Dead malls

A couple weeks ago (yes, I’m behind) there was all sorts of discussion about the phenomenon of dead and dying enclosed shopping malls.  At the time, I was on vacation in my childhood home of Springfield, Virigina, which has just re-opened it’s own dead mall– the Springfield Mall (oh, happy days of youth!)– with a more upscale, Springfield Towne Center.  The Times had a big story about how traditional malls are dying while more upscale malls are thriving:

Industry executives freely admit that the mall business has undergone a profound bifurcation since the recession.

“You see the A-rated malls, the flagship malls, performing very well,” said Steven Lowy, co-chief executive of Westfield Corporation, which has its roots in Australia but is now a major global player among mall owners. In the United States, Westfield has shed properties in the Midwest while focusing on the more affluent coasts. In Europe, Mr. Lowy prefers wealthy urban centers like London and Milan.

“Our business is more regional and high-end focused,” he said. “There are gradients of dead or dying or flat, but anything that’s caught in the middle of the market is problematic.”

One obvious trouble for malls– online shopping– is written off as only a small factor:

One factor many shoppers blame for the decline of malls — online shopping — is having only a small effect, experts say. Less than 10 percent of retail sales take place online, and those sales tend to hit big-box stores harder, rather than the fashion chains and other specialty retailers in enclosed malls.

Yet, Yglesias takes a better look at the data and concludes otherwise:

This is a complicated phenomenon, but one important factor is the rise of online shopping. Schwartz dismisses this too quickly with the observation that “less than 10 percent of retail sales take place online.” This is true, but a large share of the Commerce Department’s retail sales series consists of food and car dealerships, which don’t really compete with online retail.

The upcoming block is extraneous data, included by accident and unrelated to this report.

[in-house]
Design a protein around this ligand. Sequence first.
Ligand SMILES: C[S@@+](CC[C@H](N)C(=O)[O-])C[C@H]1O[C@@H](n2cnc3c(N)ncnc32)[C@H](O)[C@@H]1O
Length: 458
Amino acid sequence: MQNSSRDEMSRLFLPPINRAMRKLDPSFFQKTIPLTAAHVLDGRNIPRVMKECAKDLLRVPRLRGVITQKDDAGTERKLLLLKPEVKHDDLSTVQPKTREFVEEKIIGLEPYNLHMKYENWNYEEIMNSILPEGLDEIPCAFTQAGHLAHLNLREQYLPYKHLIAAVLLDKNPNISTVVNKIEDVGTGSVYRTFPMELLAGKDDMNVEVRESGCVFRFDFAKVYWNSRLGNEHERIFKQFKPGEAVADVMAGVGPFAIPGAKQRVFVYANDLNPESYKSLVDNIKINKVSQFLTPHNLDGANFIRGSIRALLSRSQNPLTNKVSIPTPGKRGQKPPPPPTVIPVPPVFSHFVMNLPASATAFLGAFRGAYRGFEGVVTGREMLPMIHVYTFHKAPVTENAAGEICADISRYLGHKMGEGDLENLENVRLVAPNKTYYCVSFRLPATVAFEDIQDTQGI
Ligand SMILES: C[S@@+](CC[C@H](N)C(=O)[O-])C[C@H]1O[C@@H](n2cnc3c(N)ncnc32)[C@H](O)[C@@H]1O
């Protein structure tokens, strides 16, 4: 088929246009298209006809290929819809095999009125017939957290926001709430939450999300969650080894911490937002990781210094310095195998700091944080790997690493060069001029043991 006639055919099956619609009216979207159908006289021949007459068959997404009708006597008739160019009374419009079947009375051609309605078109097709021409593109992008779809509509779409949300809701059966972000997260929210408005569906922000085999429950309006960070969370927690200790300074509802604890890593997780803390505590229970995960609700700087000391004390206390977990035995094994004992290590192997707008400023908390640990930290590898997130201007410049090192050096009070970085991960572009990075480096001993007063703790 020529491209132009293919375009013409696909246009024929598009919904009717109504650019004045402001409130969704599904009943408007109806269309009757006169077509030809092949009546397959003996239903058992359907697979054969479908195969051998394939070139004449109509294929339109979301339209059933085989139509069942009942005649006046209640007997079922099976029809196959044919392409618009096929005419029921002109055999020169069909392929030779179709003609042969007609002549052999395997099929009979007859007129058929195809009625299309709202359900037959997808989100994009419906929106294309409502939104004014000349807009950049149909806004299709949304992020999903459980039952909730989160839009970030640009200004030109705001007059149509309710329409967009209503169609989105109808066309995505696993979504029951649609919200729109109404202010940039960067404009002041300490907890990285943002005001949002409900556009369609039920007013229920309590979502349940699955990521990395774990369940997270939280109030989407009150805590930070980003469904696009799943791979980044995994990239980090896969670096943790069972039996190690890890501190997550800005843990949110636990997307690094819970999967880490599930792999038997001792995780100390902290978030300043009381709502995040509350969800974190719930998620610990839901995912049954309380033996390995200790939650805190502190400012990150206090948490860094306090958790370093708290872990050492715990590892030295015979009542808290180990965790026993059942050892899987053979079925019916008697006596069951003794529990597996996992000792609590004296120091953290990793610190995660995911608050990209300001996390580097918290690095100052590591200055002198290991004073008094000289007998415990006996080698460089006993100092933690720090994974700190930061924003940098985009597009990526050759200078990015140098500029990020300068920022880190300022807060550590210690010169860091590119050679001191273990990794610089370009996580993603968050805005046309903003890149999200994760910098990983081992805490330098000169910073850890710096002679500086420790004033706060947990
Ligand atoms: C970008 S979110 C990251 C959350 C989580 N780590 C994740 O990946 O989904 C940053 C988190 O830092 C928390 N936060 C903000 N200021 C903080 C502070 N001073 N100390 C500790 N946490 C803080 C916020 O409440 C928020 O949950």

That’s a lot more than 10 percent. It’s not a full explanation for the phenomenon, but it’s a really important part of the story. The shopping mall is a complicated ecosystem, full of implicit subsidies and agglomeration effects, and the ecosystem is being shocked by competition from online that’s growing at an incredibly pace.

Yep.  A great example of why it is worth to dig further into data and not just take statistics at face value.  And I’m sure I’m not the only one who has experienced this first hand.  In fact, just before writing this post I ordered a pair of pants (I love Dockers Field Khakis) that I would have purchased at the local mall (Cary Towne Center) in times past.   I do love my on-line shopping, but there’s still nothing like hitting the mall.  What will teenagers do without then?!

Why are Democratic presidential candidates always so liberal

In their thorough analyses of the 2012 election, I’ve always been intrigued on how voters perceived Mitt Romney as far closer to the average voter than they did Obama.  In a fair assessment of their actual issue positions, there’s just not a lot to support this, but that is clearly how the voters saw it, as this Sides and Vavreck post from the Monkey Cage demonstrates: